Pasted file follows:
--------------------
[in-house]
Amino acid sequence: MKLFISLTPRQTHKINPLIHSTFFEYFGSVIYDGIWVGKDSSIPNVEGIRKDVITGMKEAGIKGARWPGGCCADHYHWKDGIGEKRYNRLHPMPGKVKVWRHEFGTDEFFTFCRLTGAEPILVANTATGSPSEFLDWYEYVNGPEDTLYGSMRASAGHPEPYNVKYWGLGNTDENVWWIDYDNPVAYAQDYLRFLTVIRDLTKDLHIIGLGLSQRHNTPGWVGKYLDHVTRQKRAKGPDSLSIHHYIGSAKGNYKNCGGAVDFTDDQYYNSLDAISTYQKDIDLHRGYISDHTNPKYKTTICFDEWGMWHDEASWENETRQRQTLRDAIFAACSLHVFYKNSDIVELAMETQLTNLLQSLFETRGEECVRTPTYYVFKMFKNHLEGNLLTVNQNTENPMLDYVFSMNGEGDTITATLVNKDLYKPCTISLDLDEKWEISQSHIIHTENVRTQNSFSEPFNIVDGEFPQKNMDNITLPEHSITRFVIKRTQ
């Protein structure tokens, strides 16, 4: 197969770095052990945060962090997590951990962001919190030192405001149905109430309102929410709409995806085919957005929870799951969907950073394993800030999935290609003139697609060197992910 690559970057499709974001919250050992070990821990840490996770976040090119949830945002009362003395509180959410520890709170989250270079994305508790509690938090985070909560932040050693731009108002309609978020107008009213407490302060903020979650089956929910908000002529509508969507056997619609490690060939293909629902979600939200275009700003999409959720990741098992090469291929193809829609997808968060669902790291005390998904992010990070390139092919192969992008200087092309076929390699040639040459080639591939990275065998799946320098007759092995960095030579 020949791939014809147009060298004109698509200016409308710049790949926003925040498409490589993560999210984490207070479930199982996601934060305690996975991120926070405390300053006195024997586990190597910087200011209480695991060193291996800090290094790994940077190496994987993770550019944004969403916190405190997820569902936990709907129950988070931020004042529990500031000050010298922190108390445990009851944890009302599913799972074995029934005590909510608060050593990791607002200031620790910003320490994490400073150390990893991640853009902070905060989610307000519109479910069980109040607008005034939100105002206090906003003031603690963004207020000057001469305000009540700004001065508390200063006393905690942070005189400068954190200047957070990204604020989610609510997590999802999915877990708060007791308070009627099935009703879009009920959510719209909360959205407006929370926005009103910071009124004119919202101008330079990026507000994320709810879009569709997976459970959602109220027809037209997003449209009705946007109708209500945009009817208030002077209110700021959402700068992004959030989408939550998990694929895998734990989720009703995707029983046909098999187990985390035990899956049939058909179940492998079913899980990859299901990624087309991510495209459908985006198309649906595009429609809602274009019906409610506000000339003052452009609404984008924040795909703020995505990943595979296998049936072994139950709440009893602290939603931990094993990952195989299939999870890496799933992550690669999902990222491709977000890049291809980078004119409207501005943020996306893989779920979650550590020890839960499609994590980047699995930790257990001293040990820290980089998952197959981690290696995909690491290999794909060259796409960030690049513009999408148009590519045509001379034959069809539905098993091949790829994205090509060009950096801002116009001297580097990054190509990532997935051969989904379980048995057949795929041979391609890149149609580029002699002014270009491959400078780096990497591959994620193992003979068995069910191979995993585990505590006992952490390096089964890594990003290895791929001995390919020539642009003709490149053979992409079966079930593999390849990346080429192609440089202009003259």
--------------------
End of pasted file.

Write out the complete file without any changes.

[in-house]
Amino acid sequence: MKLFISLTPRQTHKINPLIHSTFFEYFGSVIYDGIWVGKDSSIPNVEGIRKDVITGMKEAGIKGARWPGGCCADHYHWKDGIGEKRYNRLHPMPGKVKVWRHEFGTDEFFTFCRLTGAEPILVANTATGSPSEFLDWYEYVNGPEDTLYGSMRASAGHPEPYNVKYWGLGNTDENVWWIDYDNPVAYAQDYLRFLTVIRDLTKDLHIIGLGLSQRHNTPGWVGKYLDHVTRQKRAKGPDSLSIHHYIGSAKGNYKNCGGAVDFTDDQYYNSLDAISTYQKDIDLHRGYISDHTNPKYKTTICFDEWGMWHDEASWENETRQRQTLRDAIFAACSLHVFYKNSDIVELAMETQLTNLLQSLFETRGEECVRTPTYYVFKMFKNHLEGNLLTVNQNTENPMLDYVFSMNGEGDTITATLVNKDLYKPCTISLDLDEKWEISQSHIIHTENVRTQNSFSEPFNIVDGEFPQKNMDNITLPEHSITRFVIKRTQ
């Protein structure tokens, strides 16, 4: 197969770095052990945060962090997590951990962001919190030192405001149905109430309102929410709409995806085919957005929870799951969907950073394993800030999935290609003139697609060197992910 690559970057499709974001919250050992070990821990840490996770976040090119949830945002009362003395509180959410520890709170989250270079994305508790509690938090985070909560932040050693731009108002309609978020107008009213407490302060903020979650089956929910908000002529509508969507056997619609490690060939293909629902979600939200275009700003999409959720990741098992090469291929193809829609997808968060669902790291005390998904992010990070390139092919192969992008200087092309076929390699040639040459080639591939990275065998799946320098007759092995960095030579 020949791939014809147009060298004109698509200016409308710049790949926003925040498409490589993560999210984490207070479930199982996601934060305690996975991120926070405390300053006195024997586990190597910087200011209480695991060193291996800090290094790994940077190496994987993770550019944004969403916190405190997820569902936990709907129950988070931020004042529990500031000050010298922190108390445990009851944890009302599913799972074995029934005590909510608060050593990791607002200031620790910003320490994490400073150390990893991640853009902070905060989610307000519109479910069980109040607008005034939100105002206090906003003031603690963004207020000057001469305000009540700004001065508390200063006393905690942070005189400068954190200047957070990204604020989610609510997590999802999915877990708060007791308070009627099935009703879009009920959510719209909360959205407006929370926005009103910071009124004119919202101008330079990026507000994320709810879009569709997976459970959602109220027809037209997003449209009705946007109708209500945009009817208030002077209110700021959402700068992004959030989408939550998990694929895998734990989720009703995707029983046909098999187990985390035990899956049939058909179940492998079913899980990859299901990624087309991510495209459908985006198309649906595009429609809602274009019906409610506000000339003052452009609404984008924040795909703020995505990943595979296998049936072994139950709440009893602290939603931990094993990952195989299939999870890496799933992550690669999902990222491709977000890049291809980078004119409207501005943020996306893989779920979650550590020890839960499609994590980047699995930790257990001293040990820290980089998952197959981690290696995909690491290999794909060259796409960030690049513009999408148009590519045509001379034959069809539905098993091949790829994205090509060009950096801002116009001297580097990054190509990532997935051969989904379980048995057949795929041979391609890149149609580029002699002014270009491959400078780096990497591959994620193992003979068995069910191979995993585990505590006992952490390096089964890594990003290895791929001995390919020539642009003709490149053979992409079966079930593999390849990346080429192609440089202009003259």